Tech Talk – Blimp me, baby (one first time)! Jacobson vs Fatboy vs Aquatech vs Pelican

I’ve been shooting production stills for over 4 years now. Over this time, I’ve had two aborted attempts at procuring a blimp from different suppliers due to insufficient information provided to me to settle my decision. In the mean time, I’ve managed to do my job without this bit of kit. That being said, the more I work, the more I realise that it is the single bit of kit that would result in better production stills. Being able to shoot during takes (not just the MOS ones) will give me 100% of every actor’s performance.

The time is getting close to me purchasing my first dSLR sound blimp, and what better time to consider the possibility than when there are at least 4 decent looking prospects on the market?

This article acts as a comparison of the available products, and is my first step towards choosing to invest in one of these systems.

UPDATE 13 October 2011 I’ve added a table based summary of the blimps in TT 26 Camera Sound Blimp Update (LINK).

The Contenders

Jacobson Photographic Instruments, Inc. Sound Blimp
This was invented (according to wikipedia) in the 1960s and the design has barely changed since but for a recent update to include an LCD viewing screen. This device is considered the industry standard in sound blimps. I’ve even heard that some productions kit require not just a sound blimp, but a Jacobson Sound Blimp. My brief experience of this piece of kit is – it does the job, no question. However, its a cumbersome 1.4kg (3lb) beast that has the ergonomics of a box and you lose access to all functions bar the zoom of your lens and the shutter (which is controlled by a cable release button.

15 October 2011 – Jacobson now uses B&W Schneider glass in their tubes.

Aquatech Sound Blimp

Aquatech Sound Blimp
It is a new product from the highly respected manufacturer of waterproof enclosures for cameras. This product appears to have the endorsement of superstar movie stills photographer Jasin Boland (www.jasinboland.com). This blimp is reportedly 19% lighter than the competition (presumably the Jacobson) and an overall reduction of 98% of the volume of a dSLR shutter. My initial impressions is that it looks rather space age in design and substantially closer to the ergonomics us dSLR users are used to. The Aquatech blimps are camera model specific in across both the mid-high end of the current range of Nikon and Canon dSLRs.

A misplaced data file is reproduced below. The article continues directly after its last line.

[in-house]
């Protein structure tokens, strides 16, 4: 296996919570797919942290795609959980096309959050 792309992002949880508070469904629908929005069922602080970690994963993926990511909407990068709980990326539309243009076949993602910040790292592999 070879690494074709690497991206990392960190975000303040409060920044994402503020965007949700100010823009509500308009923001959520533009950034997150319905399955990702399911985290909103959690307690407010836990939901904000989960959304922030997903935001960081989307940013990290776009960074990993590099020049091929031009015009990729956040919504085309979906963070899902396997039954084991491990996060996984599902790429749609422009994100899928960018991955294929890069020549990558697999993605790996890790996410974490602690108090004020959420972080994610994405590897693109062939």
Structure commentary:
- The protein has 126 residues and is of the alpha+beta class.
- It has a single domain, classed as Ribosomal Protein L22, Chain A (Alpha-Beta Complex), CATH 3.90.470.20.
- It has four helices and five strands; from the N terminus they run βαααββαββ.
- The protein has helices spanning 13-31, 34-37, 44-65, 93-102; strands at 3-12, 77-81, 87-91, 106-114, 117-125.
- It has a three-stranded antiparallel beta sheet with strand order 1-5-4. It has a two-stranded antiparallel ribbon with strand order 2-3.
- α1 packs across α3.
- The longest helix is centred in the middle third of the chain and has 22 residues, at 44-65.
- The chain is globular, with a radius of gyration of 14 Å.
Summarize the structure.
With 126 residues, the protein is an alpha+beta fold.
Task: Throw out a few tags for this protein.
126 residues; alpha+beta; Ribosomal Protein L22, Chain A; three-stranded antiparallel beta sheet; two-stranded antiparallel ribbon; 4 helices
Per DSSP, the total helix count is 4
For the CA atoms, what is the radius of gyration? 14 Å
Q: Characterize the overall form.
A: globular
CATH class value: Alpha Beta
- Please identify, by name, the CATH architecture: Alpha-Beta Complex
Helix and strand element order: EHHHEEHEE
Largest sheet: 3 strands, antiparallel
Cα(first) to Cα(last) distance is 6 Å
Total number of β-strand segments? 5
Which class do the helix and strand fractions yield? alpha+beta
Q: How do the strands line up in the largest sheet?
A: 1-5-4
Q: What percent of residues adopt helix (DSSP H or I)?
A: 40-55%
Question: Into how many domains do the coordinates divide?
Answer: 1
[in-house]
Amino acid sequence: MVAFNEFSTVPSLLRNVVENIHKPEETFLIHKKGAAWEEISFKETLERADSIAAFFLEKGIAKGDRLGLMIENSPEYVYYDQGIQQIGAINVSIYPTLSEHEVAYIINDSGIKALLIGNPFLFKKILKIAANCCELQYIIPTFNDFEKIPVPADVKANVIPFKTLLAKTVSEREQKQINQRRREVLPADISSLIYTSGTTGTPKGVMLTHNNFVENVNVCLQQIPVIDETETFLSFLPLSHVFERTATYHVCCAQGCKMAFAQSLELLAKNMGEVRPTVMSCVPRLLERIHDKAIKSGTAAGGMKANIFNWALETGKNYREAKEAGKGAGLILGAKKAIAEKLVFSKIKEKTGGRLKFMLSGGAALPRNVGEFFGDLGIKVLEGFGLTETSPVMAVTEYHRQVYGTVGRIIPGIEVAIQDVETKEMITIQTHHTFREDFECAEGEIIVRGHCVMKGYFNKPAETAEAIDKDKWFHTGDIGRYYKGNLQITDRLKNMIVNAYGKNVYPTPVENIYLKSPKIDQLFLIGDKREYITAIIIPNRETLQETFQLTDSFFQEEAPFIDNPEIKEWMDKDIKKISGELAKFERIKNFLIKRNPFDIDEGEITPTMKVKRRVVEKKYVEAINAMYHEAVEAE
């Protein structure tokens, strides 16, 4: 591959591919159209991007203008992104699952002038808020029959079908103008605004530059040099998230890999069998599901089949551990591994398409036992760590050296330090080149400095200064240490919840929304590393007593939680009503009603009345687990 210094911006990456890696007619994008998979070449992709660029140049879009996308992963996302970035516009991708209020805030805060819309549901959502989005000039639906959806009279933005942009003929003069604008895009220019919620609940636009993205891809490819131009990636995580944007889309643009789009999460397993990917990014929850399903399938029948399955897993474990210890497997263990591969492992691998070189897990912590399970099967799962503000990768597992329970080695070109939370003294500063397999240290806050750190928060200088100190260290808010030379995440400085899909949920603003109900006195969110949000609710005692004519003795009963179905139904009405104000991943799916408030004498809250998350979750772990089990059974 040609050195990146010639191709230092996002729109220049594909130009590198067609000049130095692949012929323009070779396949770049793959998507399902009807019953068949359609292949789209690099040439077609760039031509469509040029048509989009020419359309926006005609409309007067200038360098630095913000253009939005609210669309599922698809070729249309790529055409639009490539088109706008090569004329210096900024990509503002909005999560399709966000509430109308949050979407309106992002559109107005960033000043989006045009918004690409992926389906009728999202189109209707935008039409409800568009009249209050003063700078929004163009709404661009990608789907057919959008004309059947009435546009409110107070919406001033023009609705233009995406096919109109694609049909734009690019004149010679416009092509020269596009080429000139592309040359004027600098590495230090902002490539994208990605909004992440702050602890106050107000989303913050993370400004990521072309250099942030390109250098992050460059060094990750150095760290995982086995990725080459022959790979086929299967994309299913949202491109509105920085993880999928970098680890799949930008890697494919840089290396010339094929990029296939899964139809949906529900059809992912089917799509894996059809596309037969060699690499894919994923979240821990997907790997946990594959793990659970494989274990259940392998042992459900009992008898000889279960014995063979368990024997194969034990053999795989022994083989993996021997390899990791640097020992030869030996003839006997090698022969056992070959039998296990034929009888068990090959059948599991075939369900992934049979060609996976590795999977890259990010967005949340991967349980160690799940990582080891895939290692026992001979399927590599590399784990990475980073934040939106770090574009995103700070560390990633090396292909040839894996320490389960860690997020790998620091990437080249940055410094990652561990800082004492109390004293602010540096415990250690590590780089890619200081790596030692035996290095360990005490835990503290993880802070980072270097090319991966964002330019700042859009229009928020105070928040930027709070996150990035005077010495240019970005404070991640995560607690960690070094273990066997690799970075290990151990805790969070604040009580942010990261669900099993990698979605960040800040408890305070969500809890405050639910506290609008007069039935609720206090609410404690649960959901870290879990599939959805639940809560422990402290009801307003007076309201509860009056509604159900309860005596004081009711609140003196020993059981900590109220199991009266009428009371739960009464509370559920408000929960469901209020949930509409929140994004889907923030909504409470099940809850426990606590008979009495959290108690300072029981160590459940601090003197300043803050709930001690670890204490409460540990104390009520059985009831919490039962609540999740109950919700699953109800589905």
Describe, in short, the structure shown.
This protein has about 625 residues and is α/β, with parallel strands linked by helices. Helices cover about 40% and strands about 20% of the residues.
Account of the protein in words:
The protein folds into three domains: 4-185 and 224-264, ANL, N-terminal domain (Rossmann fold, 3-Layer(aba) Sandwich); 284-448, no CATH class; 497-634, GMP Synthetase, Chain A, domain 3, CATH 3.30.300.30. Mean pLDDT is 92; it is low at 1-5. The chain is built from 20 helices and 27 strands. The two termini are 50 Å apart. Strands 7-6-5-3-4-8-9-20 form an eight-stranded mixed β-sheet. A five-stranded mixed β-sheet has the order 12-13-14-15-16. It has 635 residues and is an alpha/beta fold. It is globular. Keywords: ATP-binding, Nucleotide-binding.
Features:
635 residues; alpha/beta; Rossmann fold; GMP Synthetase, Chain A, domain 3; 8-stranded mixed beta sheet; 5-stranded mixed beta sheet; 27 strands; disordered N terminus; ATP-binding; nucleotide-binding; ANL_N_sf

Update 27 July 2011 – The Aquatech system is now available from New York’s famous BH Photo Video. I’ve also been closely following some discussion about the Aquatech which is generating a lot of interest among my peers. Apparently Aquatech’s blimps will provide a range of functions including access to review buttons and will support camera upgrades with updates of the rear plate, which is very welcome news!

Update 8 September 2011 – Professional Photographer Magazine posts a pretty favourable review of the Aquatech Sound Blimp – Read the review.

Update 13 October 2011 – Frank Masi, Jasin Boland and Dave Friedman are all reporting that Aquatech will happily modify the blimps (at a price) to meet your requirements. Frank has had his shutter release cable upgraded and Dave has had the shutter button modified by Aquatech. Jasin managed influenced the inclsion of high quality Schneider glass on the lens tubes.

Fatboy Camera Sound Blimp
This is another very new piece of kit that has slowly been releasing details through its facebook page and youtube/vimeo videos. The Fatboy has been developed by Tamas Mack, unit stills photographer (www.tamasmack.com) it looks to me to be the sexiest sound blimp. Based on the information released so far it is compatible with the lens tubes from the Jacobson Blimp system which makes it a great contender for upgraders. I’m also impressed by the fact that it seems to be compatible across systems and therefore presumably models. The video demo shows a Canon 5D Mark II and Nikon D700 being used within the same enclosure.

Update 1 October 2011 – Fatboy are reporting that it is tested and proven with Canon’s 5D, 5DII, 7D and 50D and Nikon’s D700, D300s, D200, D7000. The down side is that Canon’s 1 series and Nikon’s D3 series are not supported and it appears there are no current plans to do so. Latest news is that the Fatboy will be available out of Norway no later than early 2012.